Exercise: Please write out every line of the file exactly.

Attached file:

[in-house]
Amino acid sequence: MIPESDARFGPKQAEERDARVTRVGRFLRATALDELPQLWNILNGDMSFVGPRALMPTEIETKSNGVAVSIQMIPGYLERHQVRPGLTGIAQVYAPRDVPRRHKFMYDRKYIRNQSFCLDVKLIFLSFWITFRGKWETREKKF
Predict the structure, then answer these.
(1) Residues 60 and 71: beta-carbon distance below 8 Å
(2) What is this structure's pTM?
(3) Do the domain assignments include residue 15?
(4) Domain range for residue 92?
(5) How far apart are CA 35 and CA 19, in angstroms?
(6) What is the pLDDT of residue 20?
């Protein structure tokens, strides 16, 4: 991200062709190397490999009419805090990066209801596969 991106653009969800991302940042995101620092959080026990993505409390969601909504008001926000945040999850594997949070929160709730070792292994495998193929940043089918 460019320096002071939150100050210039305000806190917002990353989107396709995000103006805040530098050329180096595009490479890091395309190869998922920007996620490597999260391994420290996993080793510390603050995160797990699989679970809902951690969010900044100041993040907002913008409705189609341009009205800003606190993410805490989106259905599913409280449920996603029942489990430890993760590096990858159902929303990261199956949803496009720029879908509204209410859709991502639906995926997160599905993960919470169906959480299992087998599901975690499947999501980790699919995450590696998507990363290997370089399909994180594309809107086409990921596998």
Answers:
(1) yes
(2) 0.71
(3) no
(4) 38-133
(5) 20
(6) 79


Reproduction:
[in-house]
Amino acid sequence: MIPESDARFGPKQAEERDARVTRVGRFLRATALDELPQLWNILNGDMSFVGPRALMPTEIETKSNGVAVSIQMIPGYLERHQVRPGLTGIAQVYAPRDVPRRHKFMYDRKYIRNQSFCLDVKLIFLSFWITFRGKWETREKKF
Predict the structure, then answer these.
(1) Residues 60 and 71: beta-carbon distance below 8 Å
(2) What is this structure's pTM?
(3) Do the domain assignments include residue 15?
(4) Domain range for residue 92?
(5) How far apart are CA 35 and CA 19, in angstroms?
(6) What is the pLDDT of residue 20?
């Protein structure tokens, strides 16, 4: 991200062709190397490999009419805090990066209801596969 991106653009969800991302940042995101620092959080026990993505409390969601909504008001926000945040999850594997949070929160709730070792292994495998193929940043089918 460019320096002071939150100050210039305000806190917002990353989107396709995000103006805040530098050329180096595009490479890091395309190869998922920007996620490597999260391994420290996993080793510390603050995160797990699989679970809902951690969010900044100041993040907002913008409705189609341009009205800003606190993410805490989106259905599913409280449920996603029942489990430890993760590096990858159902929303990261199956949803496009720029879908509204209410859709991502639906995926997160599905993960919470169906959480299992087998599901975690499947999501980790699919995450590696998507990363290997370089399909994180594309809107086409990921596998």
Answers:
(1) yes
(2) 0.71
(3) no
(4) 38-133
(5) 20
(6) 79